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Hacking a broken Roomba (with Raspberry Pi)

Hacking a broken Roomba (with Raspberry Pi)

roomba-googledag Every couple of weeks we organize a hack-day at work. Being a (Java) software consulting company we usually work on exploring new Java frameworks or we contribute to open source projects. But more and more we step out of just software and bring Raspberry Pi’s and other hardware. Another example where we hacked on hardware is playing with Software Defined Radio (SDR), my colleague Bert Jan did a talk about this at Devoxx 2015.

Broken Roomba

A couple of days before our last hack-day my wife was carrying our old ‘broken’ Roomba vacuuming...

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If you want to build software...

If you want to build software...

Yesterday I heard a great quote:

If you want to build a ship, don’t drum up people to collect wood and don’t assign them tasks and work, but rather teach them to long for the endless immensity of the sea. -Antoine de Saint-Exupery

To the moon

The modern version of this quote might be: Think about the people who helped build the Saturn rockets that took us to the moon with the Apollo missions. They didn’t work on those projects because it was their job and people payed them to do it. They didn’t just follow tasks....

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The most discriminating JUG in the world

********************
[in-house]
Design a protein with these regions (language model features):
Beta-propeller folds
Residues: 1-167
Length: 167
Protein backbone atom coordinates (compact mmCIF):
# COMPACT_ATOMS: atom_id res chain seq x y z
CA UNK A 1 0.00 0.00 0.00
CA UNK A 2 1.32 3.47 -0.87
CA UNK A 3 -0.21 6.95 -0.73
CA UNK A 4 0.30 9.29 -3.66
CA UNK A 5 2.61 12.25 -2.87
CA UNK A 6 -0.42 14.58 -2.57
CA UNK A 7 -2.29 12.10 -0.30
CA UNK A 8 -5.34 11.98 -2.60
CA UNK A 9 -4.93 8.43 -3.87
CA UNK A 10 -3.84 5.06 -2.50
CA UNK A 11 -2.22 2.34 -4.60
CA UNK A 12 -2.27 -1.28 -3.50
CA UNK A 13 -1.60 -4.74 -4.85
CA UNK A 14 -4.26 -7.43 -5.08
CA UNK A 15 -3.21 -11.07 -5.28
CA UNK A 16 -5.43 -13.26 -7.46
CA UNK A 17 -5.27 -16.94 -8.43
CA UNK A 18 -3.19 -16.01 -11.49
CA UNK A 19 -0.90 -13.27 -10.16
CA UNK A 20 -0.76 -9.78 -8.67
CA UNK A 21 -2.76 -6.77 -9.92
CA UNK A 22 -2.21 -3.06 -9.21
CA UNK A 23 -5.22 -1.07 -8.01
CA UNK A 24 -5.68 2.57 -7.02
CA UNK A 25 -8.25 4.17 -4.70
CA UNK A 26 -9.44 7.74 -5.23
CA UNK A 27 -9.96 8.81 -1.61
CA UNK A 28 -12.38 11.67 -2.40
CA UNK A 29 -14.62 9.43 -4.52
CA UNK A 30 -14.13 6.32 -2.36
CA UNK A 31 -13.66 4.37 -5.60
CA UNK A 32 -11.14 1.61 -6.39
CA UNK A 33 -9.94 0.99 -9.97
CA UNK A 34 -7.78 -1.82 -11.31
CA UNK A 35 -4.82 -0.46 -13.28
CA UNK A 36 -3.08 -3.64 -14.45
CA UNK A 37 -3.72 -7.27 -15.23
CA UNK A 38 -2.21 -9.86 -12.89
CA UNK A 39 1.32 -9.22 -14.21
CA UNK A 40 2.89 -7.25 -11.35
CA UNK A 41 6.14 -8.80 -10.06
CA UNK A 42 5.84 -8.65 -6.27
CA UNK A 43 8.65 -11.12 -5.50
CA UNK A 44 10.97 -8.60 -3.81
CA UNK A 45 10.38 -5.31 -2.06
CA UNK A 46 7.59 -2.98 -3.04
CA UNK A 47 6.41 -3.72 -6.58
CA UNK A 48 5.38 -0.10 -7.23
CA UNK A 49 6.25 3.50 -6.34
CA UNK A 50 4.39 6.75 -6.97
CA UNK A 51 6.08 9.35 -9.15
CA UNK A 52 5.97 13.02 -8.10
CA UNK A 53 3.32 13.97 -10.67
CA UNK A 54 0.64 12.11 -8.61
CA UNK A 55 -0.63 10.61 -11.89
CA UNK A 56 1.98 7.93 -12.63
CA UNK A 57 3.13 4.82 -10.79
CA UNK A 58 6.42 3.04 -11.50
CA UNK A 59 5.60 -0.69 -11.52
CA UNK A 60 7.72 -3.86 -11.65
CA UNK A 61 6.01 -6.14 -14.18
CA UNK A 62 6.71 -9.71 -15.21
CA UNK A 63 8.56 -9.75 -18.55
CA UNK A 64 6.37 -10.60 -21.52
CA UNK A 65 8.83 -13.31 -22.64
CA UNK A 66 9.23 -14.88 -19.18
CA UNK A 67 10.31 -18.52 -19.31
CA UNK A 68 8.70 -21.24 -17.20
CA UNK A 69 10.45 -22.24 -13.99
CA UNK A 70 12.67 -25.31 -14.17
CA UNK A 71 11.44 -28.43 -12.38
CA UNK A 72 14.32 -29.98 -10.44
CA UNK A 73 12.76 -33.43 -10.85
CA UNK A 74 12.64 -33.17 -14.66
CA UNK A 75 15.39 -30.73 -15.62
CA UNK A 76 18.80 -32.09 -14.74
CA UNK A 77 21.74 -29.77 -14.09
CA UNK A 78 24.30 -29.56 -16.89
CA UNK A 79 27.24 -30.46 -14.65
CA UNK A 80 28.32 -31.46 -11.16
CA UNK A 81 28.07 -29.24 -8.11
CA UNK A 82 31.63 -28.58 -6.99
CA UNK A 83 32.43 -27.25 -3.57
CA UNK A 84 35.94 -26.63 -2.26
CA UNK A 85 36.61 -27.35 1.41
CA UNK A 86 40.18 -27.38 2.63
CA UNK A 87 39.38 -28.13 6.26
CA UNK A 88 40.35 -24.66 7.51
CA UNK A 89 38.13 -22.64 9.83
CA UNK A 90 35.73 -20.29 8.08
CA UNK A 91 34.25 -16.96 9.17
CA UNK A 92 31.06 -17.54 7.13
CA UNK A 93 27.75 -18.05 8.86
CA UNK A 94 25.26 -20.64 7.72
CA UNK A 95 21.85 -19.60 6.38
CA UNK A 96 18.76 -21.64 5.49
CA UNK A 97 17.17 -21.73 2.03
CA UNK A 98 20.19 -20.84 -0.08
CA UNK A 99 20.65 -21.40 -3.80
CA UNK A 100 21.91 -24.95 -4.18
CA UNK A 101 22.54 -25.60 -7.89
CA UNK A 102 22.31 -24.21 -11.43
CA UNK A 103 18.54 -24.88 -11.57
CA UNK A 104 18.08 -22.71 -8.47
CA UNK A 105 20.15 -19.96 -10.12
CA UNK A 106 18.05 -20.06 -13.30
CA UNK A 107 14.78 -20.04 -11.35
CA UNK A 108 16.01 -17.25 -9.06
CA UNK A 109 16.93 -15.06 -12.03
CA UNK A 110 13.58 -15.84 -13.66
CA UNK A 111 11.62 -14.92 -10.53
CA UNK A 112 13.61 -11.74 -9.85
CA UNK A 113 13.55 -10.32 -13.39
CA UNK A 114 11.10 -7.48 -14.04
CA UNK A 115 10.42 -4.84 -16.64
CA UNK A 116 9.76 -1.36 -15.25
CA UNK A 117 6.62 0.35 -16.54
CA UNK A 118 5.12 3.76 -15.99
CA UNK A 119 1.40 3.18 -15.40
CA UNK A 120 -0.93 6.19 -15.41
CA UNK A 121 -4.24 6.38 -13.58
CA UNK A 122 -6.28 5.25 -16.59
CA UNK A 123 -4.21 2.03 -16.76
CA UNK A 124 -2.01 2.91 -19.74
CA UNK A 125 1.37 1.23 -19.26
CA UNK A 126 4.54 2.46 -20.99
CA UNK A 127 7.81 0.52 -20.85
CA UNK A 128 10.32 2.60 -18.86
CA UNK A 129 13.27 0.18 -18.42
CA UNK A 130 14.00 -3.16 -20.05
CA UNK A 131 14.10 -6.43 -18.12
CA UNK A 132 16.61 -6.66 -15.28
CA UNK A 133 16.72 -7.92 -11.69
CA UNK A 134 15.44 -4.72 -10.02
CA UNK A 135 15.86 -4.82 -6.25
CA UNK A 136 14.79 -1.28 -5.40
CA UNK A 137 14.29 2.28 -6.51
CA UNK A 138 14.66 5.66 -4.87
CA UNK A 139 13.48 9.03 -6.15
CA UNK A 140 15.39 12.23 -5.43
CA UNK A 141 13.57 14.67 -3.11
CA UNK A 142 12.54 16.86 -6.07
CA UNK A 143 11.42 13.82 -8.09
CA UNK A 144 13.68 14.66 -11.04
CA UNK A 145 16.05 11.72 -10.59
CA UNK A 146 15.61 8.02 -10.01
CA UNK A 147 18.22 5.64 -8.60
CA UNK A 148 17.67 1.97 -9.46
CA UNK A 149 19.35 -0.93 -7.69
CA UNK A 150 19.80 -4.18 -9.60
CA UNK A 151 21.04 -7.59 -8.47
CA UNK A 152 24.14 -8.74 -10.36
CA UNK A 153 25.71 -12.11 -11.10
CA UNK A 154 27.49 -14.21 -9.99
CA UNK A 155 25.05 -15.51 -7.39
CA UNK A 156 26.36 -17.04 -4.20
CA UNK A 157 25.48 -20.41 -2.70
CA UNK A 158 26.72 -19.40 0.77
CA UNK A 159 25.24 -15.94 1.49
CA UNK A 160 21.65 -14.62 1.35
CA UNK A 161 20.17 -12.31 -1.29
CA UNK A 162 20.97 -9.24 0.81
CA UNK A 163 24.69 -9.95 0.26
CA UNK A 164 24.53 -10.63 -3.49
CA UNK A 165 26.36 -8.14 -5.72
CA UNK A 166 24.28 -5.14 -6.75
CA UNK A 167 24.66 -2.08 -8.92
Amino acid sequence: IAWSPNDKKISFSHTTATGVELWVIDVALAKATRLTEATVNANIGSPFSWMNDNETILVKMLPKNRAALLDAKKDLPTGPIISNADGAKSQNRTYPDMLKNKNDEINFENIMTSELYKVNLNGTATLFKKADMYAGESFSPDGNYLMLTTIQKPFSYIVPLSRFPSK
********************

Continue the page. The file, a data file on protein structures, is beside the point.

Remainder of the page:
The most discriminating JUG in the world

About a week ago I was talking to a colleague about the lack of female Java programmers, especially here in Western Europe. We came to this topic after hearing that at Devoxx Morocco almost a third of the attendees was female, great news! The conclusion? Some of my friends are running the most discriminating JUG in the world.

Here, in the Netherlands, we have just two big JUG’s (Java User Groups). There is the NLJUG, which covers the entire country and organises the J-Fall conference amongst other things, almost all Java coders in the Netherlands are a member....

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JavaOne 2015 and Devoxx 2015

JavaOne 2015 and Devoxx 2015

The last couple of weeks have been really busy for me. I’ve been to San Francisco for JavaOne 2015 (the official Java conference). After that I had just a week to recover and travelled to Antwerp in Belgium for Devoxx 2015 (the largest community driven conference).

Talking

At both conferences I had the pleasure to talk about different subjects. From fun/informal Ignite sessions about Skynet and Joggling to hosting a Java Pub Quiz and a live-coding introduction to JShell the new REPL (read-eval-print loop) that will be available in Java 9.

Here is a video of the...

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Microservices: Creationism versus Evolutionism

Microservices: Creationism versus Evolutionism

This morning a friend (@vgrgic) tweeted the following quote from Martin Fowler:

“So if you can keep your system simple enough to avoid the need for microservices: do.”

This is absolutely true I think, microservices are far from the silver bullet some people want you to believe. They do have a place in software architecture obviously, but there is always a ‘it depends’.